Global Context (International): The Crisis of Islam

This series of posts deals with the global context in its historical, social, cultural, political, economic, demographic, and religious dimensions in particular. We will provide book notices, book reviews, and brief essays on these topics. We hope that you will find this series helpful as you live and bear witness in an increasingly complex and hyper-connected world.

Bernard Lewis is the doyen of Middle Eastern studies. In this slim little volume, he provides the reader with a concise, level-headed, and very reasonable overview of the crisis within Islam. He gives a brief history of the rise and development of Islam, the Crusades, and of the conflict between Islam, Christianity, and modern western culture.

Lewis traces the rise and development of Islam, showing how medieval Islamic civilization was the most advanced in the world, as well as one of the most militant. Muslims overthrew Persia, and then in short succession conquered the Christian provinces of Syria, Palestine, Egypt, and North Africa. By the 8th century, they had advanced as far as the Pyrenees. They launched several waves of crusades, conquering the birthplace of Christ and attempting to conquer Europe.

He refuses to lay most (or even much) of the blame for the Crusades at the feet of the Christian world. For him, “The Crusade is a late development in Christian history, and, in a sense, marks a radical departure from basic Christian values as expressed in the gospels. But jihad is a Muslim essential, present from the beginning, in Muhammad himself.” It is for this reason that Lewis finds it ironic that Muslims like to blame the West for the Crusades, particularly for the purpose of making them a prototype of European expansionism.

As Lewis tells it, European countries (“Christian” countries) did expand, as they expelled the Tatars from Russia and the Moors from Spain. Napoleon struck at the heart of the Islamic world as he raided Egypt. Muslims thought it was dandy for Muslims to conquer and rule Europe, but not vice-versa. The same goes for religious conversion. By the early 20th century, nearly all Muslims were ruled by European countries, and even worse, the Jews set up the state of Israel in 1948. This humiliated the Muslim world.

The late 20th century brought a bipolar world, ruled by two mighty powers, the USA and the USSR. Then the USSR collapsed, leaving the US as the lone world power. Muslim “freedom fighters” were central to the overthrow of the USSR in Afghanistan; indeed, Osama bin Ladin repeatedly has pointed out that Muslims defeated the mighty USSR. Bin Laden and others thought that the US would be an easier foe. “In their view,” Lewis writes, “the United States had become morally corrupt, socially degenerate, and in consequence, politically and militarily enfeebled.”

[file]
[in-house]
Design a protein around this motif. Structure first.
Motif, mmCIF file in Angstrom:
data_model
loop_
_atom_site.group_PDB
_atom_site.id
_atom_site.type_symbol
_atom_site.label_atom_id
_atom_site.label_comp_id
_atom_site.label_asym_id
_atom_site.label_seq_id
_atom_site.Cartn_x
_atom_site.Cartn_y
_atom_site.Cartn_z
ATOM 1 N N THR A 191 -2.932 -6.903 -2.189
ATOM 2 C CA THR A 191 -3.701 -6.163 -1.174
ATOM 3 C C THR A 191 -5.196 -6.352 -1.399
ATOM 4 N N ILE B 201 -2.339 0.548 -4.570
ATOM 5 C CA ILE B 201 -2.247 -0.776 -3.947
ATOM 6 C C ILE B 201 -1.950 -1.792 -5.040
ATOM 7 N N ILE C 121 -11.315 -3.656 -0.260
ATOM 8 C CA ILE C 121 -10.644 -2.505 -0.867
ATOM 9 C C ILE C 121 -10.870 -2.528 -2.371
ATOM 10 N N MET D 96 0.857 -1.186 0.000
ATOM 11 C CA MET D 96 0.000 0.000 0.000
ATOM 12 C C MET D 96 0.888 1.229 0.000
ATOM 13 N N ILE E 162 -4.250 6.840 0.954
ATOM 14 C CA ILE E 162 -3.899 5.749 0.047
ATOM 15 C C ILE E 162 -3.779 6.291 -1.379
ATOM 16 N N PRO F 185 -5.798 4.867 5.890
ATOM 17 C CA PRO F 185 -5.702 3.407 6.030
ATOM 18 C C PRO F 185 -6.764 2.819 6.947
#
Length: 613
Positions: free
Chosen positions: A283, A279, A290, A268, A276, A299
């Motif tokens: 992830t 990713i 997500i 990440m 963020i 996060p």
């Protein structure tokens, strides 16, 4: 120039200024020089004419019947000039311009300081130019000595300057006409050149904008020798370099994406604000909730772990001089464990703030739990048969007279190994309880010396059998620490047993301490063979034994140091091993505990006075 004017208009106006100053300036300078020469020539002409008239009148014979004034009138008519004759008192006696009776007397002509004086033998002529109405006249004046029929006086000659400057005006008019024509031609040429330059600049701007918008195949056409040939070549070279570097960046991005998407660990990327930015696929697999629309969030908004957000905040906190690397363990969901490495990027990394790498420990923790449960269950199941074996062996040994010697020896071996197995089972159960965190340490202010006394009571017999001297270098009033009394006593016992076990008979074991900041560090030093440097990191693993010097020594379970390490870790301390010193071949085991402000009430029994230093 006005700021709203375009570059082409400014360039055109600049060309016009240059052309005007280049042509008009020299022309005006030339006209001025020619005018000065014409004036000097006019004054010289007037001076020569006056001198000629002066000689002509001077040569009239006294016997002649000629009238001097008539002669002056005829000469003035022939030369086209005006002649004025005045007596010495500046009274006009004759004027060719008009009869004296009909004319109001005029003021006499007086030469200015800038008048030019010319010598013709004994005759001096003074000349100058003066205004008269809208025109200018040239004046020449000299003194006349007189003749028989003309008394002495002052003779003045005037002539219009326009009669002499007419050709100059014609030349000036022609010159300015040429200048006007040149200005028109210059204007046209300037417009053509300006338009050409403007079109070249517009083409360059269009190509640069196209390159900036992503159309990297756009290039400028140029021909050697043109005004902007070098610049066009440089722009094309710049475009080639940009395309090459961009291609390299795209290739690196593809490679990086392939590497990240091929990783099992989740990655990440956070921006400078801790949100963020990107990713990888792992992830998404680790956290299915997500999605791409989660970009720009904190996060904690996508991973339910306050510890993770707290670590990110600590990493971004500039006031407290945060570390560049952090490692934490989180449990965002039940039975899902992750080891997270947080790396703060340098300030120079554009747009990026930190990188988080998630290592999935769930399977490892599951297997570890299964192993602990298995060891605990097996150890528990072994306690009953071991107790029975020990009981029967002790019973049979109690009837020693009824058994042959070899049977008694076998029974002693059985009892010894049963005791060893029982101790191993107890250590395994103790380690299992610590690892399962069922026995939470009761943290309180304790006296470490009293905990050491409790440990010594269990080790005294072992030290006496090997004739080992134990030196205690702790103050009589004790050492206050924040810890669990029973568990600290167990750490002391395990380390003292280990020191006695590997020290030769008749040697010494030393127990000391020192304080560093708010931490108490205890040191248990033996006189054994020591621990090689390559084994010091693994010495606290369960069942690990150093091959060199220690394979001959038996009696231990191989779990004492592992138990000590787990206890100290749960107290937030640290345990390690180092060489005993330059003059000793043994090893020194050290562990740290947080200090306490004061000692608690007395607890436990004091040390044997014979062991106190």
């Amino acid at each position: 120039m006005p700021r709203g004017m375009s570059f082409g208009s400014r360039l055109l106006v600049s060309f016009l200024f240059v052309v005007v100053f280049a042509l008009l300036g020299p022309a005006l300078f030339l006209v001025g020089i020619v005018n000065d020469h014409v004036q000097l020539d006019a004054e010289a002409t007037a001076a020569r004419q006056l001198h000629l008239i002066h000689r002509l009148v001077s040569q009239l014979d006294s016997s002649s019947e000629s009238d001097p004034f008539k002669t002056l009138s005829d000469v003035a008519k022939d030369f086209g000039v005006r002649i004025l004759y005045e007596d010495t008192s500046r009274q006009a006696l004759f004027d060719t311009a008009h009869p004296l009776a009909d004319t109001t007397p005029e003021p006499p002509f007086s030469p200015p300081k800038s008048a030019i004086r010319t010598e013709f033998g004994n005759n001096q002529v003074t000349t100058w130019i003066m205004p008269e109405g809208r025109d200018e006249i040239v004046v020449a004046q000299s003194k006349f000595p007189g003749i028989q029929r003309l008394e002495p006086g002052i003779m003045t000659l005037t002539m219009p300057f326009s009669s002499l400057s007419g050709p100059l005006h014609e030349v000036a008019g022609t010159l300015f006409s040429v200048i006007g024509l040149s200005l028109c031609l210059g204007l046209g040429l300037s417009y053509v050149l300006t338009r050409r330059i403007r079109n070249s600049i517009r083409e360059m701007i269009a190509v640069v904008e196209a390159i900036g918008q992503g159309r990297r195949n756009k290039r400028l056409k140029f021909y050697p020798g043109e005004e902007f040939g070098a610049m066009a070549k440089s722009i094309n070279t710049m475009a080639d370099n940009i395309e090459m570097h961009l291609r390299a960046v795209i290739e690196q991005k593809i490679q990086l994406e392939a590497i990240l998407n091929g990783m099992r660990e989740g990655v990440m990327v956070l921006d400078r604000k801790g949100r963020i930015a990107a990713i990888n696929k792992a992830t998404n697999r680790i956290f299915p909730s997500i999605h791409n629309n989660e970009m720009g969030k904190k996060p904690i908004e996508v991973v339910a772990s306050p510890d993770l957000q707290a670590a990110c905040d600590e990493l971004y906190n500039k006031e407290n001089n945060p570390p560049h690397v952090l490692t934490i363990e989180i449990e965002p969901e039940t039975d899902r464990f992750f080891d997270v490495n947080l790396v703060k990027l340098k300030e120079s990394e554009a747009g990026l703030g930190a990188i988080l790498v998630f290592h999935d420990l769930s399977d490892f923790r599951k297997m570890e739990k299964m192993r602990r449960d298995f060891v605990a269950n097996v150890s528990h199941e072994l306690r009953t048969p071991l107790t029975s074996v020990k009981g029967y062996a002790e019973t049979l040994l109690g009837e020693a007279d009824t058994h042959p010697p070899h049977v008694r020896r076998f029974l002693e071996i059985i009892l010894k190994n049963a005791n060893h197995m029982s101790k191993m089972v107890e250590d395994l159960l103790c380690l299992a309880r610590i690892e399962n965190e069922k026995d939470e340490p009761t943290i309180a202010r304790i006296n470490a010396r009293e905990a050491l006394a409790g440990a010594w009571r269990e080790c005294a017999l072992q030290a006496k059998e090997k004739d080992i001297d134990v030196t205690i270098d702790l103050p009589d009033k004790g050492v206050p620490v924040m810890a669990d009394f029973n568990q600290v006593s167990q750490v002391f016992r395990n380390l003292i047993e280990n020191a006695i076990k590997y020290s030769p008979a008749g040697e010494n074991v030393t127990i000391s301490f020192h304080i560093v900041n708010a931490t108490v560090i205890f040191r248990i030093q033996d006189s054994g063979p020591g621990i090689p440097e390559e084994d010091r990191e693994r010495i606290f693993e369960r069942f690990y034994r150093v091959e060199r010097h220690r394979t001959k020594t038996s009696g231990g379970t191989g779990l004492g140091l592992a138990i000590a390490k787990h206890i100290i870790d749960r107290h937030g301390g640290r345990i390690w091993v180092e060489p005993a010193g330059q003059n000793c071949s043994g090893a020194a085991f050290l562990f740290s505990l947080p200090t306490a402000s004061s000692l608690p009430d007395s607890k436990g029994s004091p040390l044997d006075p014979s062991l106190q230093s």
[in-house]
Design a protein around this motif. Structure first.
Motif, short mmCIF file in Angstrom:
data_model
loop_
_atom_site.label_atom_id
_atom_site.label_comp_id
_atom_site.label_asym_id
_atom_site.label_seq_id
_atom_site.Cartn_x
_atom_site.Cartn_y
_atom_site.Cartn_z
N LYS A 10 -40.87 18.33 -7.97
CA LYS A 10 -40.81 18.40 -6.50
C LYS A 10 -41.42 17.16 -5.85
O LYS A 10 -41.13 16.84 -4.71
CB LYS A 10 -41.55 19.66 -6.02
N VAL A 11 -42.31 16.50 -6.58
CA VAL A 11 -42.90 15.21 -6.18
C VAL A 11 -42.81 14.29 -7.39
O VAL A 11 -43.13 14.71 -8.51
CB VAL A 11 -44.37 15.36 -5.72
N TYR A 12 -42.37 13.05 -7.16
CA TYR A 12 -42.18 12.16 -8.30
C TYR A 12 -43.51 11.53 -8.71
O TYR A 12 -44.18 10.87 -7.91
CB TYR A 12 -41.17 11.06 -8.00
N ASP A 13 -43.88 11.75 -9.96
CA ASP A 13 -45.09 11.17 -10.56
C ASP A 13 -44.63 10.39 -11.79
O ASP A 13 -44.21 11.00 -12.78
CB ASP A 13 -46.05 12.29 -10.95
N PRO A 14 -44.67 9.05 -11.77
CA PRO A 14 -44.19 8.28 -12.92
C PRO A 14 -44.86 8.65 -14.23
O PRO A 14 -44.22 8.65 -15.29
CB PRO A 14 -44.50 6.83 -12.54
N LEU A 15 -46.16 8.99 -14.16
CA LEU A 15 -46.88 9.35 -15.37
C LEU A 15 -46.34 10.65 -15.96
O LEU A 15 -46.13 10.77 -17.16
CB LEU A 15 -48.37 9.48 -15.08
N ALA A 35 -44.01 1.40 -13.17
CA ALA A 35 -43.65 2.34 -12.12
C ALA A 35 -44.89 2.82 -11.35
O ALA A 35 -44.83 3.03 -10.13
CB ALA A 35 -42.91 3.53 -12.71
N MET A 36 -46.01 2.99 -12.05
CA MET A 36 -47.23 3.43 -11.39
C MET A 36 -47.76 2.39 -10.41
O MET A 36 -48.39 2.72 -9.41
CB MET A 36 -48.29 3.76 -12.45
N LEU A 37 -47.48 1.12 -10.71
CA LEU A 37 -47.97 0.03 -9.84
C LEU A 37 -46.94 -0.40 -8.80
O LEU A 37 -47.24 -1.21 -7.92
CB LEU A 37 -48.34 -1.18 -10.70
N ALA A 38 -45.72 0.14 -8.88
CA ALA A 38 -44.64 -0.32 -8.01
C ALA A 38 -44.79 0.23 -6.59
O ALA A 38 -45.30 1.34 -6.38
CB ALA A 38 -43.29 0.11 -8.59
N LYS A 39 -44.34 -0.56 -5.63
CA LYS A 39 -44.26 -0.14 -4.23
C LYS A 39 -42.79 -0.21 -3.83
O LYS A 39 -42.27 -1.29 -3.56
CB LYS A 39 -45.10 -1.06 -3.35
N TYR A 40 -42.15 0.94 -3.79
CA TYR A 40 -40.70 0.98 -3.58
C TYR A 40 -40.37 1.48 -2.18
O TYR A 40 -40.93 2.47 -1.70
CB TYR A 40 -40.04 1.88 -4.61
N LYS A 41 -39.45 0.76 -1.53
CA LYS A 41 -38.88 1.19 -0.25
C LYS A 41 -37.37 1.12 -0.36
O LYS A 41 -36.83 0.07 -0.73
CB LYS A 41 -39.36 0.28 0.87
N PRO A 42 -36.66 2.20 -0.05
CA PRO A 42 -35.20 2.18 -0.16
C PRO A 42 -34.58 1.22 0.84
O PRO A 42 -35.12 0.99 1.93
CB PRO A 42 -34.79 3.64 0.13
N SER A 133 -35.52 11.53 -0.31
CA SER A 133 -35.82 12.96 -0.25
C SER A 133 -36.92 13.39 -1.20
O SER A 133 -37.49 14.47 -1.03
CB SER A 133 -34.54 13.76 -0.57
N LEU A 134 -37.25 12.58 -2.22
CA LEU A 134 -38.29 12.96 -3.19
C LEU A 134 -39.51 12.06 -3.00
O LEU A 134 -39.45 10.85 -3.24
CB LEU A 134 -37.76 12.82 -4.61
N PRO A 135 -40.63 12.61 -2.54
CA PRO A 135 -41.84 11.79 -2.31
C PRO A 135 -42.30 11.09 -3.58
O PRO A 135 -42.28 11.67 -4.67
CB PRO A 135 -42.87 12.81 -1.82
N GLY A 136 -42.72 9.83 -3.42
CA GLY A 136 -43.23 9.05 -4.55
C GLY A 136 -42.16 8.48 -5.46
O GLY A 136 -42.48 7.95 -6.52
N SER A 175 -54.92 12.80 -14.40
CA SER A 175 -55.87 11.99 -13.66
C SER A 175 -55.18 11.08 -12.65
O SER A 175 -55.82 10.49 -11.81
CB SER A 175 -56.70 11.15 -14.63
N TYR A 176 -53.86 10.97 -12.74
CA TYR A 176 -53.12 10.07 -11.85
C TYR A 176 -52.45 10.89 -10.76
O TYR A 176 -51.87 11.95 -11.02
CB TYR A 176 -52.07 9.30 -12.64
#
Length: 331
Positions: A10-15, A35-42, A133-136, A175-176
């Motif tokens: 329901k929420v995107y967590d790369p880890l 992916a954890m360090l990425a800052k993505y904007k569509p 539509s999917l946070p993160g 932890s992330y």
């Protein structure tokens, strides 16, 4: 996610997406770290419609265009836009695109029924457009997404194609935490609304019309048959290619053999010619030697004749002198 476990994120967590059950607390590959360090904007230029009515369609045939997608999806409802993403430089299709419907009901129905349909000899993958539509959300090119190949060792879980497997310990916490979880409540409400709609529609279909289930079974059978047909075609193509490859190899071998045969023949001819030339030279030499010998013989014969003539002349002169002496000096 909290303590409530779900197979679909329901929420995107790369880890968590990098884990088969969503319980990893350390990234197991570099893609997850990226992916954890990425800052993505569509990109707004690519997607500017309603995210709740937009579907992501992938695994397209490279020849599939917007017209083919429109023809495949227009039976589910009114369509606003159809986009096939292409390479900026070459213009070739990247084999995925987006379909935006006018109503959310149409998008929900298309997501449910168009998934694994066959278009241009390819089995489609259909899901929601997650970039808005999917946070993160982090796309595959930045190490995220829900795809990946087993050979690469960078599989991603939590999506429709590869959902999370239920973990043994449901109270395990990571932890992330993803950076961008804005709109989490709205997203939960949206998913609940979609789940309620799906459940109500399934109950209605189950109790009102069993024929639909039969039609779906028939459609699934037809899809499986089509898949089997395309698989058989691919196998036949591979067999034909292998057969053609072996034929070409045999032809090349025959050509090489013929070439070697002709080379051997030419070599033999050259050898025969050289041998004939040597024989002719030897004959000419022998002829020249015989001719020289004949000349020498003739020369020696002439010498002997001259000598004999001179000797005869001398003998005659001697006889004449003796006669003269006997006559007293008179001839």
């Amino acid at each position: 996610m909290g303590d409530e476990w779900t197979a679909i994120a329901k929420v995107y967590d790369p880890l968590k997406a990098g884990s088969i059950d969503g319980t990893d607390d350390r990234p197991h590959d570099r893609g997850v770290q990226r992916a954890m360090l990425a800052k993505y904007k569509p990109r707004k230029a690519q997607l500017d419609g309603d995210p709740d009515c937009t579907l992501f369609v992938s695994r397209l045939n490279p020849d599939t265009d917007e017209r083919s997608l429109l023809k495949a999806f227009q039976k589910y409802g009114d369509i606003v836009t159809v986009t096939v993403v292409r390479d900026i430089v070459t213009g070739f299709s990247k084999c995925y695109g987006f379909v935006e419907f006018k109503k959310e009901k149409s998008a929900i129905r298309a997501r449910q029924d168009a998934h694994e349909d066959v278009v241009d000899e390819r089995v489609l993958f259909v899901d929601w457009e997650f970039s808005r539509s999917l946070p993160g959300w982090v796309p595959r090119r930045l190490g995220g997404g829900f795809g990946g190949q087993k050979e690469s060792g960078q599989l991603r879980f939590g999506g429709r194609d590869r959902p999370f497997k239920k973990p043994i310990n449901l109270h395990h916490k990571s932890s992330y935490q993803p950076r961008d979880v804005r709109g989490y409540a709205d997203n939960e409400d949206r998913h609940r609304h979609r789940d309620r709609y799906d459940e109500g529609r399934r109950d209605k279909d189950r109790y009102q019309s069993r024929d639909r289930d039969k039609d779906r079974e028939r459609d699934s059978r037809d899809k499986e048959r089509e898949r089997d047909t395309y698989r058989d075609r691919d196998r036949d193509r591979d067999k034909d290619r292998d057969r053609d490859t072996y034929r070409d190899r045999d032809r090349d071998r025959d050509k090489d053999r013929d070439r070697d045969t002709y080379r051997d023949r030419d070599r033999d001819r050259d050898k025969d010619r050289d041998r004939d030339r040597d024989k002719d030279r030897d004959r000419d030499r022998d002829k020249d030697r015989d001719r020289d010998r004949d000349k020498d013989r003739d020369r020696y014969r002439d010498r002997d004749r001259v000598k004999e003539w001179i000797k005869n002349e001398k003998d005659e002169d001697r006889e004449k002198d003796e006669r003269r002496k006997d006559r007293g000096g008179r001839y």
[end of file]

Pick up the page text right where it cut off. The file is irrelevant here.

In fact, bin Ladin speaks to this theme in his November 2002 “Letter to America.” He accuses America of being an oppressive, deceitful country, full of debauchery, and without principles or manners. He argues that America should pack her bags and get out of Muslim lands so that he is not forced to send Americans “back as cargo in coffins.” The letter ends with bin Ladin saying that if Americans do not take his advice, “their fate will be that of the Soviets who fled from Afghanistan to deal with their military defeat, political breakup, ideological downfall, and economic bankruptcy.

All of this brings us to the heart of Lewis’ book, which is his answer to the question: What is happening in the world of Islam to bring about the “revolutionary” Islam we have seen in recent years? As Lewis sees it, there are four major components of revolutionary Islam: (1) Humiliation: Muslims see themselves as the sole guardians of God’s truth, and believe that they will subjugate the world for Allah’s sake, but at present they clearly are not able to subdue the infidels; (2) Frustration: Muslims have tried to remedy this humiliation in various ways, but have failed; (3) Confidence: The economic power of oil, and the words of the Qur’an, have given Muslims a new confidence and sense of empowerment; and (4) Contempt: Muslims see the moral decadence, and therefore the weakness, of the Western world.